Human rights are the rights that we basically have for existing as human beings; they are not guaranteed by any state. These universal rights are inherent to all of us, regardless of nationality, gender, ethnic or national origin, colour, religion, language or any other status. They range from the most fundamental —the right to life— to those that give value to our lives, such as the rights to food, education, work, health and freedom.
The Universal Declaration of Human Rights, adopted by the United Nations General Assembly in 1948, was the first legal document to establish universal protection of fundamental human rights turned 70 in 2018, it remains the foundation of all international human rights law. Its 30 articles offer the principles and blocks of current and future human rights conventions, treaties and other legal instruments.
The Universal Declaration of Human Rights, together with the two covenants – the International Covenant on Civil and Political Rights and the International Covenant on Economic, Social and Cultural Rights – make up the International Bill of Human Rights.
Universal and Inalienable
The principle of universality of human rights is the cornerstone of international human rights law. This assumes that we all have the same right to enjoy human rights. This principle, as first emphasize in the Universal Declaration of Human Rights, is repeat in numerous international human rights conventions, declarations and resolutions.
Human rights are inalienable. They should not be remove, except in specific situations and in accordance with an appropriate procedure. For example, the right to liberty may be restrict if a person is found guilty of a crime by a court of law.
Indivisible and Interdependent
All human rights are indivisible and interdependent. This means that one set of rights cannot be fully enjoy without the others. For example, advancing civil and political rights facilitates the exercise of economic, social and cultural rights. Similarly, the violation of economic, social and cultural rights can have a negative impact on many other rights.
Fair and Non-Discriminatory
Article 1 of the Universal Declaration of Human Rights establishes that: “all human beings are born free and equal in dignity and rights”. The absence of discrimination, established in article 2, is what guarantees this equality.
Non-discrimination transcends all international human rights law. This principle is present in the main human rights treaties. Likewise, it is the central theme of two fundamental instruments: the International Convention on the Elimination of all Forms of Racial Discrimination and the Convention on the Elimination of all Forms of Discrimination against Women.
Rights and Obligations
All States have ratified at least 1 of the 9 basic human rights treaties, as well as 1 of the 9 optional protocols. 80% of States have ratified 4 or more. This means that States have obligations and duties under international law to respect, protect and fulfill human rights.
- The obligation to respect them means that States must refrain from interfering with or limiting the enjoyment of human rights.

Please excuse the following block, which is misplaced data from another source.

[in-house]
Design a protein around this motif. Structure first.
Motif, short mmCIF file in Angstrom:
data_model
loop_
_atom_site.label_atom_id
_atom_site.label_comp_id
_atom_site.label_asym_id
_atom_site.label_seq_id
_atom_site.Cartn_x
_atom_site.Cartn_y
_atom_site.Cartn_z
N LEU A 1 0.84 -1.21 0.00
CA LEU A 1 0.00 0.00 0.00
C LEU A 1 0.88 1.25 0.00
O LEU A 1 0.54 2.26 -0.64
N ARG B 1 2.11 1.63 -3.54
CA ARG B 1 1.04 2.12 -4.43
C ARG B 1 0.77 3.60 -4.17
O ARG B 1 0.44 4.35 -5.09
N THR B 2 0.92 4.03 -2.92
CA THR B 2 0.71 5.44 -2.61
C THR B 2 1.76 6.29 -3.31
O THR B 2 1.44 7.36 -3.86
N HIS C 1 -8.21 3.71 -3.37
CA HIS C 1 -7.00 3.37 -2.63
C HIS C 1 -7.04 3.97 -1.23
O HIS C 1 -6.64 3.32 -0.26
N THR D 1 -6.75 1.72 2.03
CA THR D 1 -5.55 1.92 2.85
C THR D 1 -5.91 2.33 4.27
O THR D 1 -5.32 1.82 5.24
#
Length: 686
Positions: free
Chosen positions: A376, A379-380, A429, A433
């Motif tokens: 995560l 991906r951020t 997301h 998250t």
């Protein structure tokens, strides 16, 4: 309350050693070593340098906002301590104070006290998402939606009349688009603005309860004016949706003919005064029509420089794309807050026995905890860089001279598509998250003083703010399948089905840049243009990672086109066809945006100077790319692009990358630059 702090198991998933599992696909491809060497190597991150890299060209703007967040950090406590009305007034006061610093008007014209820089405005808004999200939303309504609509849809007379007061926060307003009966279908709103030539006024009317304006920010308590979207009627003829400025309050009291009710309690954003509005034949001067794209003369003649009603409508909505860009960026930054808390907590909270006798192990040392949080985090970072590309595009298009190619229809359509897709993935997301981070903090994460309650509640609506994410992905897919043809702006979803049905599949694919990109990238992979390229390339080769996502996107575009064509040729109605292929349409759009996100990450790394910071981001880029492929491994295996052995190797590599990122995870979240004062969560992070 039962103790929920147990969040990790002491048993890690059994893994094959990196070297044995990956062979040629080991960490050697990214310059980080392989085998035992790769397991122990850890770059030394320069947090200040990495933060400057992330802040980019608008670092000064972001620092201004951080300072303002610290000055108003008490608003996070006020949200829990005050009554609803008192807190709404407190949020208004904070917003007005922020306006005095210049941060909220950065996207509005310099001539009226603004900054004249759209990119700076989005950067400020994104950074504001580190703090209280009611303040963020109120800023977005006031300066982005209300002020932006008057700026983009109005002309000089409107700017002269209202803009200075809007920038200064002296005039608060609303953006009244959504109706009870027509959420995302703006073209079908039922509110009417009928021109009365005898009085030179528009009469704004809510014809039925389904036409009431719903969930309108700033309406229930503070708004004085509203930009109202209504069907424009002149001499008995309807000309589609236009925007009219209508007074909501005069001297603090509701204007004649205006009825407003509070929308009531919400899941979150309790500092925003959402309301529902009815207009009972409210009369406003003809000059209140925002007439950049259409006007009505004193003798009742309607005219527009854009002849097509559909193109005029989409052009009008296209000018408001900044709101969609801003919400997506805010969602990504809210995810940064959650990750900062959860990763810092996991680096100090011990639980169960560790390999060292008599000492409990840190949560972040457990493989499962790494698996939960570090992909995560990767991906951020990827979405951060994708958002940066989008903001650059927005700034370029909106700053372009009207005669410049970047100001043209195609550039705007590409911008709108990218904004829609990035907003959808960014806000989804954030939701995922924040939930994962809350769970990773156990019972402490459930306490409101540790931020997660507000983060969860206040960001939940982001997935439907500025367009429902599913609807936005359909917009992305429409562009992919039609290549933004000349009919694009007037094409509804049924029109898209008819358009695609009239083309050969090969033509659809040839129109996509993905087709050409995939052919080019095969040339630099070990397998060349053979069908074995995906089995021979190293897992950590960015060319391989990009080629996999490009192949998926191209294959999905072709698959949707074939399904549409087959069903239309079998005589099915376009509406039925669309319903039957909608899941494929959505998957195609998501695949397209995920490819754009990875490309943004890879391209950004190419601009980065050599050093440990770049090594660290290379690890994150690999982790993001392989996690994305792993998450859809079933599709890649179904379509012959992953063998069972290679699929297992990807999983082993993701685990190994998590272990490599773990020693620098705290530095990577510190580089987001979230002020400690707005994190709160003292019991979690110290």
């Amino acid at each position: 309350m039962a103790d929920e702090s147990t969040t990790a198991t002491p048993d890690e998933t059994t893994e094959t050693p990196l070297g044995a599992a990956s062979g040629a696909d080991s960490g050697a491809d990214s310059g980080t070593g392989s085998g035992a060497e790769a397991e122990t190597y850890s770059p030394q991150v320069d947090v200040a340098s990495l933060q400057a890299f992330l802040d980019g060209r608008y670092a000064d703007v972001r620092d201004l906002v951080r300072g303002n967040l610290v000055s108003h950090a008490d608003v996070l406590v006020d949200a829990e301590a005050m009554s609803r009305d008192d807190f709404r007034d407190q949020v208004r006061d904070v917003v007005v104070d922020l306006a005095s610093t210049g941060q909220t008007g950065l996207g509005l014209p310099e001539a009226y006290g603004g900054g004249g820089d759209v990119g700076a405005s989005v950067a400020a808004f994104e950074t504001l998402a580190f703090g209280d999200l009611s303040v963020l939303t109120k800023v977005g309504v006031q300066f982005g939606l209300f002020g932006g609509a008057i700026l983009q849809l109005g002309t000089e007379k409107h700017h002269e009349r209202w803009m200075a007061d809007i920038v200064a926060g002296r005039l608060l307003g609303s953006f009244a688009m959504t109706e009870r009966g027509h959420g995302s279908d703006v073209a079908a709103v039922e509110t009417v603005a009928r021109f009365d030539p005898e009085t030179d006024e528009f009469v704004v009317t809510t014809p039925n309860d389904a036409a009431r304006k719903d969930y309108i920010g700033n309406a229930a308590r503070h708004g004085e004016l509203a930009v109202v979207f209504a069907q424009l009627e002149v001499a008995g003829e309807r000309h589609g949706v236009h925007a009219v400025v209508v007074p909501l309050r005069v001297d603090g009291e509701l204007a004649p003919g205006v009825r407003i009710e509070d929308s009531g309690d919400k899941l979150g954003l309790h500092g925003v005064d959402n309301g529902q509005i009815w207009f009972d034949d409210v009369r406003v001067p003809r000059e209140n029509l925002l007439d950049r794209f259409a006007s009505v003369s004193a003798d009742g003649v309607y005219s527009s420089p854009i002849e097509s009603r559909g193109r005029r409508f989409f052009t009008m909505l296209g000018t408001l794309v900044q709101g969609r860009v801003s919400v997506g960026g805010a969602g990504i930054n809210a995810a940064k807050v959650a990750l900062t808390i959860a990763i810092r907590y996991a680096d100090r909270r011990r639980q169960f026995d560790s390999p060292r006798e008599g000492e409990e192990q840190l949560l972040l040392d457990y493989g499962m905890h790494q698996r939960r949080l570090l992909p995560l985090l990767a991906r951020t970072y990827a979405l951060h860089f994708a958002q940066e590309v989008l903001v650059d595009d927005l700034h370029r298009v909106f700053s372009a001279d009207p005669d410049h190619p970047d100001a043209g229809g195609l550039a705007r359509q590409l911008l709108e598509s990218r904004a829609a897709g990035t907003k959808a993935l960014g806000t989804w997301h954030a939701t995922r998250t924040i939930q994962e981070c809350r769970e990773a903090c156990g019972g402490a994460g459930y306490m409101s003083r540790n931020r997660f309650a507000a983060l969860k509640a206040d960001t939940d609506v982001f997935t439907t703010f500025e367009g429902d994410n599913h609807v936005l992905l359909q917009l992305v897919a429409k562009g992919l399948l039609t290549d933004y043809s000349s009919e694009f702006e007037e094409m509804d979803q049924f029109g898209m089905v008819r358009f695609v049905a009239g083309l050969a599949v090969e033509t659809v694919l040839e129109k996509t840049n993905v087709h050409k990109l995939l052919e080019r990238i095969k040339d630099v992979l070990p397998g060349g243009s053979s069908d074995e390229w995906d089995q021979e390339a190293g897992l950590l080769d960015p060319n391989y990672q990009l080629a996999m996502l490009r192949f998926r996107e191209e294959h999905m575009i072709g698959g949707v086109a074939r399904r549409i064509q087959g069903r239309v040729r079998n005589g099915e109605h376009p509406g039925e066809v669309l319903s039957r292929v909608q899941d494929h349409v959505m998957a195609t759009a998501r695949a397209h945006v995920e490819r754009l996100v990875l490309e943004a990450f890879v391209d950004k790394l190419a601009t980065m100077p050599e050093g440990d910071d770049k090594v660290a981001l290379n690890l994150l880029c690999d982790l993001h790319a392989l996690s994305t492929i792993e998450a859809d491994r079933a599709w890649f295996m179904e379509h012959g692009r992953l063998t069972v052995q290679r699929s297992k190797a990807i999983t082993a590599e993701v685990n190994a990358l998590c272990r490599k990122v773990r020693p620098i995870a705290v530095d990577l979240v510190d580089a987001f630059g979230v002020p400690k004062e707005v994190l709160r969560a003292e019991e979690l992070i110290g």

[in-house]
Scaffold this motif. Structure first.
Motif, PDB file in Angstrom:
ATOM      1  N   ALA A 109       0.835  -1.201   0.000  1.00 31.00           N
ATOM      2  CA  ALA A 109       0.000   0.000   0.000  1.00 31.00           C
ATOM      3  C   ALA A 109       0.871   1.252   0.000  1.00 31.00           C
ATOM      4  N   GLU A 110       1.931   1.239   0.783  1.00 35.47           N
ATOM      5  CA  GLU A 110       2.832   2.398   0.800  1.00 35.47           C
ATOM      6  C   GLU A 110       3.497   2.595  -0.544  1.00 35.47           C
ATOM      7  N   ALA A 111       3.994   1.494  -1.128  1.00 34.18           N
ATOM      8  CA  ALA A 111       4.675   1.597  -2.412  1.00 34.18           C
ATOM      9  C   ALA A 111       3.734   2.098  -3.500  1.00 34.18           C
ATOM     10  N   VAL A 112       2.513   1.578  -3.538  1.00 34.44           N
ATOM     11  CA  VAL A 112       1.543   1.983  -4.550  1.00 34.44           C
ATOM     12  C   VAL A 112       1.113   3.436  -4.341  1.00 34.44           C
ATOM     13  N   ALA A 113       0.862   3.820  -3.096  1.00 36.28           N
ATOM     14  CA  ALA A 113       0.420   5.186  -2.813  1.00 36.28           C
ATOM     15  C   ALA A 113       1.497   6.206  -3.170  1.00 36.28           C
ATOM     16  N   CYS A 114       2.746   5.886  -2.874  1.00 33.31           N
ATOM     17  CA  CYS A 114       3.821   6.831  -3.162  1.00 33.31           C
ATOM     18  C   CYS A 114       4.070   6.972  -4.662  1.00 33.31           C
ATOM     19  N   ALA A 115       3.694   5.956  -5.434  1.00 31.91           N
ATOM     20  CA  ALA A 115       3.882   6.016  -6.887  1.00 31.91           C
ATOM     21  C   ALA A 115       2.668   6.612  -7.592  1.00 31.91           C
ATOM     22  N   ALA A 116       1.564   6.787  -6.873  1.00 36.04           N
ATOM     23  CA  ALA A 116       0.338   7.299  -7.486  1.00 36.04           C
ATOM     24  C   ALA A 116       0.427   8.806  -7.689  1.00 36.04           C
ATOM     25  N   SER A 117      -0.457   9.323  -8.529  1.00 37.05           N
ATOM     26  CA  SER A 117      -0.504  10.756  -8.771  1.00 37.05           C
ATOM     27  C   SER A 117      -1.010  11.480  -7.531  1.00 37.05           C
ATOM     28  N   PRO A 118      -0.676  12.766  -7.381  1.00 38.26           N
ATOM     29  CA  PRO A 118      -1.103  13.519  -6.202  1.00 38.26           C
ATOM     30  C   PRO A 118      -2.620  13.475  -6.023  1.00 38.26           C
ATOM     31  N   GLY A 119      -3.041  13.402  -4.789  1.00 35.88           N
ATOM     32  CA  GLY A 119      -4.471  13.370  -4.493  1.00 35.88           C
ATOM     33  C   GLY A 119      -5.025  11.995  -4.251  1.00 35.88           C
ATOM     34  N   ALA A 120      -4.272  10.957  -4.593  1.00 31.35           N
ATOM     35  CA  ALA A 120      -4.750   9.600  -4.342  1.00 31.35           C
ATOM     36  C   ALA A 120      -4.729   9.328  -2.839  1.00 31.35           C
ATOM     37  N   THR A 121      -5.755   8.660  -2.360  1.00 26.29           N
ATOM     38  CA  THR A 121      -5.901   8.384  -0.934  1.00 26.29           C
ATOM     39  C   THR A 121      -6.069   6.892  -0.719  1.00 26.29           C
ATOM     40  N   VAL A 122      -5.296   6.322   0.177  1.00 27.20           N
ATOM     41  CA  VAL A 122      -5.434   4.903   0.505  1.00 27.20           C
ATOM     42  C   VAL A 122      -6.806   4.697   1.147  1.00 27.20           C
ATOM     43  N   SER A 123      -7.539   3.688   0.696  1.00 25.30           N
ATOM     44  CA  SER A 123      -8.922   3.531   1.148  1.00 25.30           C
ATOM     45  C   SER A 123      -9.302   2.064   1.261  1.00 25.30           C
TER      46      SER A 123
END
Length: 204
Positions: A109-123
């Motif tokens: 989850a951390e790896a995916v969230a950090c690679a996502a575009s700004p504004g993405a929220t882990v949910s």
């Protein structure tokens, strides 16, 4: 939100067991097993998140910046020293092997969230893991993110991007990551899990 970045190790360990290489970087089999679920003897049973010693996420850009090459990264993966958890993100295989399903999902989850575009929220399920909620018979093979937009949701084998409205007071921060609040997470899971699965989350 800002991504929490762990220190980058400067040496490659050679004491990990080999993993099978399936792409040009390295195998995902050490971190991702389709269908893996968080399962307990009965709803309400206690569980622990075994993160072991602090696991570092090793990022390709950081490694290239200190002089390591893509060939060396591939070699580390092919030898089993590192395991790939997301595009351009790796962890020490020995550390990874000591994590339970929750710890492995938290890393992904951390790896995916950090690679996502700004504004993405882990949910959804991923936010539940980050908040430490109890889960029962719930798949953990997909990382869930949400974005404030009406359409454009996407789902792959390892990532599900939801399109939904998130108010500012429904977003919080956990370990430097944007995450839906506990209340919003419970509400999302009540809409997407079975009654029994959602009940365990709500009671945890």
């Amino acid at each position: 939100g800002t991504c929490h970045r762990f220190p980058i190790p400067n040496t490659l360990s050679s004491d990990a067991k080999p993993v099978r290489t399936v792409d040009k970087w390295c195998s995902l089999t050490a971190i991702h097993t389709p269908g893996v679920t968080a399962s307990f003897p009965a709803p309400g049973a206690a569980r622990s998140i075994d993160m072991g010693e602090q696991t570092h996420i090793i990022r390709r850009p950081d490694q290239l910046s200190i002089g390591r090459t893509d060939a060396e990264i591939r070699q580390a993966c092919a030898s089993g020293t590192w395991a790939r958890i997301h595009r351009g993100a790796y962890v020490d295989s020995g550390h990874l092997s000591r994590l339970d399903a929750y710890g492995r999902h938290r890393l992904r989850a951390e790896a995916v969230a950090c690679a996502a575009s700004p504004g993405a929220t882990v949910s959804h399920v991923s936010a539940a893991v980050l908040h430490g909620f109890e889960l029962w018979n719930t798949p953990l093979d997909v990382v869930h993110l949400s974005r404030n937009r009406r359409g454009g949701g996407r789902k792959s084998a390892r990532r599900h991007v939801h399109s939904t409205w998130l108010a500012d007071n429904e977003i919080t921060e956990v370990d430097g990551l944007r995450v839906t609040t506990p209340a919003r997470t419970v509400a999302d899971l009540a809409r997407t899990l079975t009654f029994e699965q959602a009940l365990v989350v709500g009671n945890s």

- The obligation to protect them requires States to protect individuals and groups against human rights violations.
- The obligation to fulfill them implies that States must adopt positive measures to facilitate the enjoyment of basic human rights.
Meanwhile, as individuals, while we are entitle to enjoy our human rights, we must also respect and uphold the human rights of other people.
Observation and Care of Human Rights
At present, despite the fact that specific intergovernmental institutions have been create to ensure these tasks, such as the UN Human Rights Council; There are also International Non-Governmental Organizations whose purpose is the protection of Human Rights. And it is that, the work carry out by organizations such as Human Rights Watch (HRW) or Amnesty International in the defense and protection of human rights, as well as in the study of the state of the rights of men and women throughout the world, has come to convert them as a reference for knowledge of the current situation.
We must clarify here that the existence and proliferation of these non-governmental organizations is due in large part to non-compliance by States in various parts of the world with the agreements proposed by the UDHR. This can be clearly seen in regions such as Africa or the Middle East where civil wars have cause millions of deaths and conflicts involve a permanent struggle for better living conditions. For example, it is estimate that in Syria the death toll from the civil war in which the government is involve exceeds 500,000.
Thus, we can explain the importance of human rights, going a step further, as the fundamental value of the World Society, on which the rest of the rights rest and are structure. It is from them and their fulfillment that we can approach healthier, more humane and respectful ways of life, with greater tolerance and harmony among nations. For this reason, and for the system to have meaning and form, we must safeguard among all, the continuity of the rights where they are recognize through their Constitutions, but above all, the mission of these institutions must seek the extension and effective application of these rights there where even today their existence is not known.
In conclusion, we highlight Human Rights, not only from the relevance that they have acquire at the legal level in Western democracies, but also as the substrate on which humanity must be nurture, trying to preserve them, for those who were lucky enough to be born where They are not recognize or respect.